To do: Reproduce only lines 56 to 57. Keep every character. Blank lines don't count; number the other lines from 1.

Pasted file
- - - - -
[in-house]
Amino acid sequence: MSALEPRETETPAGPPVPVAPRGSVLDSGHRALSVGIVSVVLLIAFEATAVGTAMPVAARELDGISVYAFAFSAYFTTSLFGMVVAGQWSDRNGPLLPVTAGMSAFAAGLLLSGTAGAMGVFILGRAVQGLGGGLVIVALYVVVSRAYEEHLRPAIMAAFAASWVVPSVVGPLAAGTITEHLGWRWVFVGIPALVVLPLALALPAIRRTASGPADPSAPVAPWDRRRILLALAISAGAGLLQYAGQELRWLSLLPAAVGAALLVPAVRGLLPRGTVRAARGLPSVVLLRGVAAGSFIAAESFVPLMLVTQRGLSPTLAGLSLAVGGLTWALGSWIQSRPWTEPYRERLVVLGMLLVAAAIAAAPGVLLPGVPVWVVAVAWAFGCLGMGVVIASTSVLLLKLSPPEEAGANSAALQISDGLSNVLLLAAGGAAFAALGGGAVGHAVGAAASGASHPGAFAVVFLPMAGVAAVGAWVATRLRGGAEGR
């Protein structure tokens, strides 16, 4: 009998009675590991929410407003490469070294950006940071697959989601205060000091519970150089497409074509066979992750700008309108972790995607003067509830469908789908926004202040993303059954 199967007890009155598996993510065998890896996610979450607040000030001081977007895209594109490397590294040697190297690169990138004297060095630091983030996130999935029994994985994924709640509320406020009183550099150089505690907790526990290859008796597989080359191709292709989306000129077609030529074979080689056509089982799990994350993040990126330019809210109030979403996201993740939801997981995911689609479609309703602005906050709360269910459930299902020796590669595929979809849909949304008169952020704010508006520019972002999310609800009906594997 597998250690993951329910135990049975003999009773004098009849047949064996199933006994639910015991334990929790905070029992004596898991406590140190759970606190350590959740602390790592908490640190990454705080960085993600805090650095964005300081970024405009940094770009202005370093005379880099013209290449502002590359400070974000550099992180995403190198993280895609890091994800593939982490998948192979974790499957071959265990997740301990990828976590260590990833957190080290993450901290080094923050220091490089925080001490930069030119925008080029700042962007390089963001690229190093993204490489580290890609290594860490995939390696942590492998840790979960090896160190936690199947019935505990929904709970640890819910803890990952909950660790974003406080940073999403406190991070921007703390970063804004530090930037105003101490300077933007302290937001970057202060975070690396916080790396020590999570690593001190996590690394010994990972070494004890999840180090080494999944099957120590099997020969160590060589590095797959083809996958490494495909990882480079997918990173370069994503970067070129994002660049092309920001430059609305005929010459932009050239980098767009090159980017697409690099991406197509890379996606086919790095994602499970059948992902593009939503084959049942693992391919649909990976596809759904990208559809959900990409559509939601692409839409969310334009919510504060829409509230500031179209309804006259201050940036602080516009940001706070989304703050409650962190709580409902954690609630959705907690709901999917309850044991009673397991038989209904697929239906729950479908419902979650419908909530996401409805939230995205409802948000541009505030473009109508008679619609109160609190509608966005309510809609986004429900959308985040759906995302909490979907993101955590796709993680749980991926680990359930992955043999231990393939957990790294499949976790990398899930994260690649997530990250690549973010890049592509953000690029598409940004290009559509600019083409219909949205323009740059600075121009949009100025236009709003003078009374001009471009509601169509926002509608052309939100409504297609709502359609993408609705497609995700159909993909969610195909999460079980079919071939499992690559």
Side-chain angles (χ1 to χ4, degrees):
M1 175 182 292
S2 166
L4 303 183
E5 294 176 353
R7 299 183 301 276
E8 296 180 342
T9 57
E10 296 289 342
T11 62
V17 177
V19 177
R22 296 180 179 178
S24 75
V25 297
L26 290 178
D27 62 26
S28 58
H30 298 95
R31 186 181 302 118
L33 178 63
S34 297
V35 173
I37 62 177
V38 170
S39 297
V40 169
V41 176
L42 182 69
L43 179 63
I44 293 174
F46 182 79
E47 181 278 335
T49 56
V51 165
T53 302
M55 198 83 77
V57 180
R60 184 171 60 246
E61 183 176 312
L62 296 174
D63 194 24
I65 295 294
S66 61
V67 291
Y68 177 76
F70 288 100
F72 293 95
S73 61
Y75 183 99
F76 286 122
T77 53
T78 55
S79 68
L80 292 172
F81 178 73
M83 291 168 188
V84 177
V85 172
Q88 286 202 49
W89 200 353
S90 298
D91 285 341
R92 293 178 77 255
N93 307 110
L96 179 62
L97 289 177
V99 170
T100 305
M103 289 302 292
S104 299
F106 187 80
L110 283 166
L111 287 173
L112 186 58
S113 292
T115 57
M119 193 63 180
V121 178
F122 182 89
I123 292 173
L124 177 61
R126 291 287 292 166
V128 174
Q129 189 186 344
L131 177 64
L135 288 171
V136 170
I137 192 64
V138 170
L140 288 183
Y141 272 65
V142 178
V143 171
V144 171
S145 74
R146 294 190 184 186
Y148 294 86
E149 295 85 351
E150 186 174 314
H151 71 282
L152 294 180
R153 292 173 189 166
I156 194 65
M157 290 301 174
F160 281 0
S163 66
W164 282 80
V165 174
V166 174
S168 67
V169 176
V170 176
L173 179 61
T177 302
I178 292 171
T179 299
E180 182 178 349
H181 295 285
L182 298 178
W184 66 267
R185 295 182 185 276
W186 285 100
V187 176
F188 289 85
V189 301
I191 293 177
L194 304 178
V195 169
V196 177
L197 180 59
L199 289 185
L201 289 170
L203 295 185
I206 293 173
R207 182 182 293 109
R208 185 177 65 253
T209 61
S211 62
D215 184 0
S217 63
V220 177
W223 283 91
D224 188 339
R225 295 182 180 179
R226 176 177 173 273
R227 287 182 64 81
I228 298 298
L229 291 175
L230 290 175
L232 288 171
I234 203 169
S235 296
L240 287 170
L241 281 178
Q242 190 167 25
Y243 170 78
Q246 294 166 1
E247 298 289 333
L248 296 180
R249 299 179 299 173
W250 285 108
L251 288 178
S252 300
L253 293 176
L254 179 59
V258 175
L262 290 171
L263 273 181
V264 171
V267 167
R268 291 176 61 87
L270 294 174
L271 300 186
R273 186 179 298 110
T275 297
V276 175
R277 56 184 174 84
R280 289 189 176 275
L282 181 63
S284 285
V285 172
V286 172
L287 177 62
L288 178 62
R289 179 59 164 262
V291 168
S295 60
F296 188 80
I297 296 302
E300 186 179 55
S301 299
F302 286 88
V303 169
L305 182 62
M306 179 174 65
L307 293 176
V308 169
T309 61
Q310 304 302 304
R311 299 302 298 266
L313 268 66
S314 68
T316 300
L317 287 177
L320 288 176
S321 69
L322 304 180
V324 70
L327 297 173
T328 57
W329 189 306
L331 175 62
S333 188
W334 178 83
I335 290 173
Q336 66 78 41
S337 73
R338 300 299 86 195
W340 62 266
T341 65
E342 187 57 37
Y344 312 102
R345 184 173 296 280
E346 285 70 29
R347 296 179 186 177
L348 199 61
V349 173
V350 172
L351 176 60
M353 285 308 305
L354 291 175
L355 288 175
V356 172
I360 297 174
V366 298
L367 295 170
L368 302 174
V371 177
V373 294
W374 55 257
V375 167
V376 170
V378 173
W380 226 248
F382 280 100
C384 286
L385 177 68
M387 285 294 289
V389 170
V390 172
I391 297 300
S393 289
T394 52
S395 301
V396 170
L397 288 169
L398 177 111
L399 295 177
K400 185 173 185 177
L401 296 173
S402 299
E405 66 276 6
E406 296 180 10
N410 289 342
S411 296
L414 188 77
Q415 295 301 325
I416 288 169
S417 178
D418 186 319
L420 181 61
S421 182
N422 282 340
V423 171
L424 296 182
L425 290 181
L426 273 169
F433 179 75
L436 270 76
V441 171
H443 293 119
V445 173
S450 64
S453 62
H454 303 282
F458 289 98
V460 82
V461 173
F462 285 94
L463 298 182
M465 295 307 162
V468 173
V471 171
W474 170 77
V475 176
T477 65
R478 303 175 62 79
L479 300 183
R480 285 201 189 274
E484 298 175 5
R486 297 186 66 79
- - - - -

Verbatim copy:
T78 55
S79 68